Newspaper Page Text
THE GLOBE I THE GLOBE I THE GLOBE
ARE IN DEMAND if
r—|HE blizzard weather coupled with re- ('
i | I 1 j duced prices are bringing big busi- W WW ///\
jcgffll ness to "THE GLOBE." The [WJI V jl \
early season was disastrous to the Imy/y JA n
heavy Overcoat business; for winter only be- rfW
gan in earnest after we had made our big 1/2 " m
cut in Winter Overcoats and Suits.
Globe Chinchilla Overcoats bring warmth M J |f^
and comfort, and this week our prices must wl j j>
be an inducement for every man to buy. fl iff . \
Every Suit and Overcoat in our house is re- IJ|j j \
duced to these prices. f l 111 \
For $15.00 For $20.00 For $25.00
Overcoats &. Suits Overcoats & Suits Overcoats & Suits CS ; M
??y s Reef ers, Overcoats, Suits
©Trousers All Reduced
//j Keep Your Boys Warm and Prevent Heavy Colds, for
\ "Globe-Clothes" cost much less than doctors' bills.
Jpi'lL Let the boys sled and skate, or play snowballs—it's
if ol natural that they should want to—but be sure that they
J e w | have GLOBE REEFERS OR OVERCOATS, which are
||j j |'J now so grealy reduced in price.
Bit i |j $3.85 $4.8
Ff For Allour * sl# ForAllour * 7 50 ForAllour * B,so For Allour
Jfr $6.50 Overcoats, Reefers, Over- Reefers, Over- Overcoats and
Reefers and Suits, coats and Suits, coats and Suits, j Suits.
N ° I
Charges 1 Exchanged
For U| |J j gl »1 »|U
tions Bun Refunded
UNDER RETIf IIEOT
Orders Cutting Out Nonperishable
In lino with retrenchment orders
throughout the Pennsy system, there
will be a cut in the class of freight
handled at Marysville and other
preference yards of the Pennsylvania
Until further orders, only such
freight as is perishable, or is under
contract to be moved from one point
to another within a certain time, will
be assigned to preference trains. This
means that grain, protected shipments
of lumber in box cars and other freight
that will not be injured in slow trans
portation will be hauled as regular
This will enable the company to
handle smaller trains and do away
with the necessity for many double
headers which have been used in
getting preforence freight over the
road within a specified time. It was
stated at the local offices of the Phila
delphia division that this retrench
ment would lessen the hours of ser
vice for yard crews to ten hours and
that probably one or mote crews now
looking after preference freight would
be taken off and the men assigned to
Total of Twenty-six Trains Annulled.
—On all divisions east of Pittsburgh
and Erie retrenchment orders on the
Pennsylvania railroad provide for the
A Full Set C
of Teeth, J
Come In the morning. Have
your teeth made the same day.
Plates repaired on short notice.
810 Market Street.
Open s Daj» uttd ICvcnlugs.
withdrawal of a total of twenty-six
trains. Including three through trains,
eleven division and twenty local trains.
The trains annulled are u.s follows:
New York to Pittsburgh; New York
to Chicago; Chicago to New York;
Philadelphia to Harrisburg; Harris
burg to Pittsburgh; one on the Pitts
burgh division; four trains on the Mid
dle division; Jersey City to
ton; Washington to New York; Harris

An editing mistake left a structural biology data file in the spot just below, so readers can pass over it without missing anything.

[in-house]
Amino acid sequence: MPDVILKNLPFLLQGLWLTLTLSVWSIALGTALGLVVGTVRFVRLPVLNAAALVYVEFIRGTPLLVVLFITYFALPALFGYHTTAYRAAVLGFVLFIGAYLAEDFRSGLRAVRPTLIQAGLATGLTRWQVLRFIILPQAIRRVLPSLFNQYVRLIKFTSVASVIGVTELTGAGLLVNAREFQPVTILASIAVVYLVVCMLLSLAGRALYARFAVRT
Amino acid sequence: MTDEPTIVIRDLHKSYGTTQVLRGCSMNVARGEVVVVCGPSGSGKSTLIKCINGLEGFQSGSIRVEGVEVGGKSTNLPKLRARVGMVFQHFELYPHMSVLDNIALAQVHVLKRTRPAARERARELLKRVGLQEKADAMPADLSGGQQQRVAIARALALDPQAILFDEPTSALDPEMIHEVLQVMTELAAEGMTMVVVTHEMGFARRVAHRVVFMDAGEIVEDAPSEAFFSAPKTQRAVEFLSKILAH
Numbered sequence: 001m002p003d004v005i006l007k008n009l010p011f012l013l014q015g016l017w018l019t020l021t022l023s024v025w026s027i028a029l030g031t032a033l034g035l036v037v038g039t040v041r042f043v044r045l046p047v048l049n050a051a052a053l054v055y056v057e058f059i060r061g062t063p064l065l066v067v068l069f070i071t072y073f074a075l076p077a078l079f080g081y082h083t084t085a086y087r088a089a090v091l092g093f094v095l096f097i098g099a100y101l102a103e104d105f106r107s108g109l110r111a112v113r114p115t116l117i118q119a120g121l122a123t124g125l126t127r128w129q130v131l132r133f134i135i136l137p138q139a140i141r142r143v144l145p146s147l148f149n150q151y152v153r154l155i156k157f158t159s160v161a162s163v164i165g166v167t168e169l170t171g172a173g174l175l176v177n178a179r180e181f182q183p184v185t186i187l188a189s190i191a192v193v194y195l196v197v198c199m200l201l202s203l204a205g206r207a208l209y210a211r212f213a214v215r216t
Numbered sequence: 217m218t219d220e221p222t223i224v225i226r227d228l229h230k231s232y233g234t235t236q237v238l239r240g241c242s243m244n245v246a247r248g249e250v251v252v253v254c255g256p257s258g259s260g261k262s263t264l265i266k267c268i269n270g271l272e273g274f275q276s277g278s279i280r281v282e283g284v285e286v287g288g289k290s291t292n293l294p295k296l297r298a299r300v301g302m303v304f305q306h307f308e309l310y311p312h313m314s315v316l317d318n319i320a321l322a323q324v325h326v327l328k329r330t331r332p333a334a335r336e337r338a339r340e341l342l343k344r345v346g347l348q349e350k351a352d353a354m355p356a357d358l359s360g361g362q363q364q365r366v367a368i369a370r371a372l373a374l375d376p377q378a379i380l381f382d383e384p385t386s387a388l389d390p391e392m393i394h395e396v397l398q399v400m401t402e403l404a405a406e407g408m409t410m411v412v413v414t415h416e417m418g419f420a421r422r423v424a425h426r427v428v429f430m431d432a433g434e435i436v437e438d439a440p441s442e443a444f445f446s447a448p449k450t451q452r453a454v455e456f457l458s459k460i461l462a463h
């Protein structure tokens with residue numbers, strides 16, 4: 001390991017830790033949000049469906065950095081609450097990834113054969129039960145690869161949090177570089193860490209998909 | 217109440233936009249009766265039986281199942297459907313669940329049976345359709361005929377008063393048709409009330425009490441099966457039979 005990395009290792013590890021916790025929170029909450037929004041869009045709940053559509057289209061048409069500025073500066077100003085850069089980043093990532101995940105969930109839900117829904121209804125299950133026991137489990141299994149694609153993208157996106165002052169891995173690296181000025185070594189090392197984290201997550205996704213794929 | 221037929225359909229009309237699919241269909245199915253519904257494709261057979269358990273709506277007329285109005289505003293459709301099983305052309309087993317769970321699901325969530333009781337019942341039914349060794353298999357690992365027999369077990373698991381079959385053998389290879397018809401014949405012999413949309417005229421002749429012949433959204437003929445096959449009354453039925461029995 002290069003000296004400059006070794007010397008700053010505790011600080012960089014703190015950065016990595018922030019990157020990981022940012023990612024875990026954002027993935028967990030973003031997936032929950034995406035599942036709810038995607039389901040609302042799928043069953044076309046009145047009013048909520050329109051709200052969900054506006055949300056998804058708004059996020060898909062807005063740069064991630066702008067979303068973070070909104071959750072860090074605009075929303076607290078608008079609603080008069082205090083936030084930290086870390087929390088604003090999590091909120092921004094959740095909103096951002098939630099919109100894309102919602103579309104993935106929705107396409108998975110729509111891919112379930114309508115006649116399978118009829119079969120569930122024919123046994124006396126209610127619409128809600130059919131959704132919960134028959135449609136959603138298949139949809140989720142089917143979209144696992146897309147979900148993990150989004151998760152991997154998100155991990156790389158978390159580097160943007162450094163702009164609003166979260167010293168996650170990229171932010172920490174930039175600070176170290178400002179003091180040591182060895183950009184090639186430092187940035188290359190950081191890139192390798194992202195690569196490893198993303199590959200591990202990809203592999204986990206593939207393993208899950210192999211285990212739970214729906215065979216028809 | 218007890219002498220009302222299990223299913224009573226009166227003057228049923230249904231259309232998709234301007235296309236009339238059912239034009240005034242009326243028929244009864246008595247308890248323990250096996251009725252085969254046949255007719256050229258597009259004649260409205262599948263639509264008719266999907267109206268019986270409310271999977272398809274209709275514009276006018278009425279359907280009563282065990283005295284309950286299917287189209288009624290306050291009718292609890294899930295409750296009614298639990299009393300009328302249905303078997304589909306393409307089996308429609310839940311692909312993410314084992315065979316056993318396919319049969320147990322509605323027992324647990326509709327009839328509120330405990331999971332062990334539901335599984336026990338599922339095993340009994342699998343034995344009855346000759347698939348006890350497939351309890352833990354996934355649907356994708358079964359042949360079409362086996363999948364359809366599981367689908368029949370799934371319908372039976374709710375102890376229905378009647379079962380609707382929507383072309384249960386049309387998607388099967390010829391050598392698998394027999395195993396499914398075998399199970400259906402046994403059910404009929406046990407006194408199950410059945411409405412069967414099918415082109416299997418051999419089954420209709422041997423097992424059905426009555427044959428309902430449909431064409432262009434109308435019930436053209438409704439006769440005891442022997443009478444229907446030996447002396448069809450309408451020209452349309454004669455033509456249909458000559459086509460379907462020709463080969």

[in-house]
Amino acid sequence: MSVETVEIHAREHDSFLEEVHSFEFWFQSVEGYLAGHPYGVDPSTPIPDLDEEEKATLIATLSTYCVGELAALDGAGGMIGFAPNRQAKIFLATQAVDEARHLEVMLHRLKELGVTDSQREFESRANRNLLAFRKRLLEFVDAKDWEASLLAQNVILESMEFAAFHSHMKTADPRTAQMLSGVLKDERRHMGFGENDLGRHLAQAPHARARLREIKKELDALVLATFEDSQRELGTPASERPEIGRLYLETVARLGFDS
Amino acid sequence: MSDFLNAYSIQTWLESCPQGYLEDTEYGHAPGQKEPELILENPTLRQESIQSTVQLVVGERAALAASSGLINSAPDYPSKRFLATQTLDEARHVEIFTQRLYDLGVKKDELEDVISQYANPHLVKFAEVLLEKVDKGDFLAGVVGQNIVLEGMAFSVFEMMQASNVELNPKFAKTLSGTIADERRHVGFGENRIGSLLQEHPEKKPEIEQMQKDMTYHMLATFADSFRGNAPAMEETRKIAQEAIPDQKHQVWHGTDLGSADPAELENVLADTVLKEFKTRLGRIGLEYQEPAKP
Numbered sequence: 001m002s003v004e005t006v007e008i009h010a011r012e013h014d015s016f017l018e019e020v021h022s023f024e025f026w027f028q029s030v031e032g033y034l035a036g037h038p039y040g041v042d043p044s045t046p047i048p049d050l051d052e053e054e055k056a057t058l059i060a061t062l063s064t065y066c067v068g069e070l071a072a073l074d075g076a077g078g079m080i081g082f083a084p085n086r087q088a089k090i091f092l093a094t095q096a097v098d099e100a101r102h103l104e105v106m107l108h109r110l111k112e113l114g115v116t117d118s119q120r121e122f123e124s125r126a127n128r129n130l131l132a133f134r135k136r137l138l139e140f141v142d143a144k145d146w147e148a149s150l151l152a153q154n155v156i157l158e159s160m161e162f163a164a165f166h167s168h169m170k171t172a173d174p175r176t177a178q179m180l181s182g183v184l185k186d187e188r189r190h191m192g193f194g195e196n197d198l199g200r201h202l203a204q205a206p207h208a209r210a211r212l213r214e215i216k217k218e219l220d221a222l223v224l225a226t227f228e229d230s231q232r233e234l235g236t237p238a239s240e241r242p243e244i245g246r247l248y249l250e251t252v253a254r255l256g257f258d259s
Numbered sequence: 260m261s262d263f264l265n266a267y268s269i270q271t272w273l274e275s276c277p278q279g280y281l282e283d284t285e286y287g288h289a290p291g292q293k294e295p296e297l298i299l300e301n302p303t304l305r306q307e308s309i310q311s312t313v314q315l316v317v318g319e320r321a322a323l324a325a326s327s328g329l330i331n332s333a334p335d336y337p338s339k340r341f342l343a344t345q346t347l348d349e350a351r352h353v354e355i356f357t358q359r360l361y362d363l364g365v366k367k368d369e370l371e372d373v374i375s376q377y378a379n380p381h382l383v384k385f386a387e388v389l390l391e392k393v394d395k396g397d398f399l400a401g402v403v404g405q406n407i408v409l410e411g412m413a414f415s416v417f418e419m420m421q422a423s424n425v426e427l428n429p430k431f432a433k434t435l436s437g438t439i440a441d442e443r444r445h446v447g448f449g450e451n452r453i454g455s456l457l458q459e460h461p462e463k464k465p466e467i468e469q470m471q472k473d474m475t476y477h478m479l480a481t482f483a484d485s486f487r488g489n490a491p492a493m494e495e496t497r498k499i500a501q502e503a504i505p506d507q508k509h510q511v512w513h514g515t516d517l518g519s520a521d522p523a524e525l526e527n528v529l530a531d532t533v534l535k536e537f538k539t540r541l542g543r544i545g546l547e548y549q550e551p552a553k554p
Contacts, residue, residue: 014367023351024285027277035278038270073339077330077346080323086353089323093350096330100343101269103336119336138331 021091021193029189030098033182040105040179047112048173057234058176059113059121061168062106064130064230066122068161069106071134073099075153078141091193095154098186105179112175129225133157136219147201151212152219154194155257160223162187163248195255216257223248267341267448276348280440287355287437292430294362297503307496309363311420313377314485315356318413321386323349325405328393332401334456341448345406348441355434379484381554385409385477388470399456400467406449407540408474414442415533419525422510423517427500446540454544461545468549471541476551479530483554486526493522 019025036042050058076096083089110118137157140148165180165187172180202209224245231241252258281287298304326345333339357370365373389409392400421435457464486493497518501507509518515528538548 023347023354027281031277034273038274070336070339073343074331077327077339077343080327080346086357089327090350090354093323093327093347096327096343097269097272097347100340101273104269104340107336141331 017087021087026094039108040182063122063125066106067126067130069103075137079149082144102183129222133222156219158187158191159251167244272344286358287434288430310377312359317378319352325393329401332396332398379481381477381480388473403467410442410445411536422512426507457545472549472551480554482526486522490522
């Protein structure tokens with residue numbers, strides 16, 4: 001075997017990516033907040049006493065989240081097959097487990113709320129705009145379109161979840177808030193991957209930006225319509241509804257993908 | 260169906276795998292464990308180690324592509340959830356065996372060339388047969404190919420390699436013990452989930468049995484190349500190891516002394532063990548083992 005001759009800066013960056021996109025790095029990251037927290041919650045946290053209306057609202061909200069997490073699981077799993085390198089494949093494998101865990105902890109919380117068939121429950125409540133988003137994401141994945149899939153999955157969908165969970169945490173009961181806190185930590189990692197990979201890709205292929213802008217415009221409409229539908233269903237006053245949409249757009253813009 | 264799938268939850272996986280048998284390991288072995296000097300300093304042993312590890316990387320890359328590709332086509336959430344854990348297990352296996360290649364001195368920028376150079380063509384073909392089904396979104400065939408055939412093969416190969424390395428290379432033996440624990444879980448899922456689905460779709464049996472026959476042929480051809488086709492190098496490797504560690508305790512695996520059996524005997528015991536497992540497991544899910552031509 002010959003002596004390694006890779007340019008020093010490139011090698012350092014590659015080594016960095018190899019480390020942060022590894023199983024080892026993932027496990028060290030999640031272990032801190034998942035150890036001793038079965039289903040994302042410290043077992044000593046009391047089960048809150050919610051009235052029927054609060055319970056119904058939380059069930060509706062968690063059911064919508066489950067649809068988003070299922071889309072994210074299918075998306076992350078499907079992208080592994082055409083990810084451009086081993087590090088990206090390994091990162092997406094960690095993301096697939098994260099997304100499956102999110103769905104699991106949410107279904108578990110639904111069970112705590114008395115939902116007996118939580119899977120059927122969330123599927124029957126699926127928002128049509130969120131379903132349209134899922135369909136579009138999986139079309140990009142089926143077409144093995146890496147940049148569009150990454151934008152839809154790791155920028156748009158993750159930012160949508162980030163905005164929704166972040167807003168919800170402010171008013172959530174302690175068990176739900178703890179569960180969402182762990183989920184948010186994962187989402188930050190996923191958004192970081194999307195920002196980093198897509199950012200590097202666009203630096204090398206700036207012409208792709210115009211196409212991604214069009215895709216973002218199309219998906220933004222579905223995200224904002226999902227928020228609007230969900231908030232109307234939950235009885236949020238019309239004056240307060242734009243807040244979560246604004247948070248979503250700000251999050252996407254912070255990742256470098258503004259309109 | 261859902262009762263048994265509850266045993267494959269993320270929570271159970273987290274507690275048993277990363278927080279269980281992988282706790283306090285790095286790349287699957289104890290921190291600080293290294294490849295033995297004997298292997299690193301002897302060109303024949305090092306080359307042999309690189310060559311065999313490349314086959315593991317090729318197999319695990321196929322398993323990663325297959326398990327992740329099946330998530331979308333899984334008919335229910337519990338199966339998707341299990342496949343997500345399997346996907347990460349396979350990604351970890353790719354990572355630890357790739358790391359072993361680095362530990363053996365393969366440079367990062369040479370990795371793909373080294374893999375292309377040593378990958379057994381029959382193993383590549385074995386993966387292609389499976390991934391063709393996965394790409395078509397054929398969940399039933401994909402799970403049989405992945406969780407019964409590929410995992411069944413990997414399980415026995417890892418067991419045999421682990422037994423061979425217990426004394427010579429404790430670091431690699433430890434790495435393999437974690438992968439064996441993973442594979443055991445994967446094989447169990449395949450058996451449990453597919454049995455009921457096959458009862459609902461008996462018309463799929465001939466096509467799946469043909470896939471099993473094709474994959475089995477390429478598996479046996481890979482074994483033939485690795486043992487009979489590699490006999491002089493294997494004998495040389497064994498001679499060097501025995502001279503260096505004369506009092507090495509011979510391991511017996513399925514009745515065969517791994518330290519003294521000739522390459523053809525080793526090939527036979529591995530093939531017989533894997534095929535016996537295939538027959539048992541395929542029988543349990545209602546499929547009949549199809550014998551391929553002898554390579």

burg to Baltimore; Baltimore to Har
risburg. In addition six trains have
been annulled between Baltimore and
Sparrows Point, two trains between
Pittsburgh and Greensburg and four
trains between Pittsburgh and Pit
New Mall Exchange System.—Three
railway mall cars are being equipped
with a new automatic mail exchange
system, and tests will be made on the
main line of the Pennsy between New
York and Pittsburgh.
The new invention will take the
place of the old catcher arm used 011
mail cars to pick up mail sacks while
going through stations at high speed.
It has recently been invented and
tested in various parts of the country.
It not only picks up any number of
the largest mail sacks without dam
aging their contents, but deposits
other bags gently in a trough beside
the track. The entire operation is au
tomatic and requires no attention from
the mail clerks in the car. With this
mail exchange system a train could
run from New York to San Francisco
without a stop except for coal and
water and the postal cars could be
loaded and unloadod at every station
without the mail clerks going near tho
Pennsy Business Decreases. The
statement of coal and coke carried
over the Pennsylvania Railroad C6m
pany's lines east of Pittsburgh and
Erie, shows a total of 5,885,953 tons
transported during January, a de
crease of 627,016 tons, as compared
with the corresponding month of last
year. Of this January's total, 915,027
tons were of anthracite, 4,117,514 tons
of bituminus coal and 853,412 tons of
BiU Suspending Traffic. Railroad
officials who have been studying the
bill now pending In the New Jersey
Legislature requiring one day's rest in
seven for all employes of commercial,
Industrial or railroad enterprises, have
come to the conclusion that, as the
bill now stands, its enactment would
compel the railroads in that State to
suspend their Sunday service prac
tically altogether. The bill forbids
Sunday work entirely unless a list is
posted at the place of employing, giv
ing the names of all who are required
to do Sunday work and stating the
day off assigned to each. In railroad
circles tho comment is made that
while such provisions might bo ap
plicable to factory work, the exigen
cies of railroading make it Impossible
always to glvo a full twenty-four
hours' holiday in each consecutive
seven days to every employe, which is
what the bill requires. The measure
is in tho hands of the committee on
labor and induslrics.
f'n»ln<*cr Hurt In Full. John ller
bcin, 35 years old, 131 South Seven
teenth street, a Reading Railway engi
neer, was seriously injured yesterday.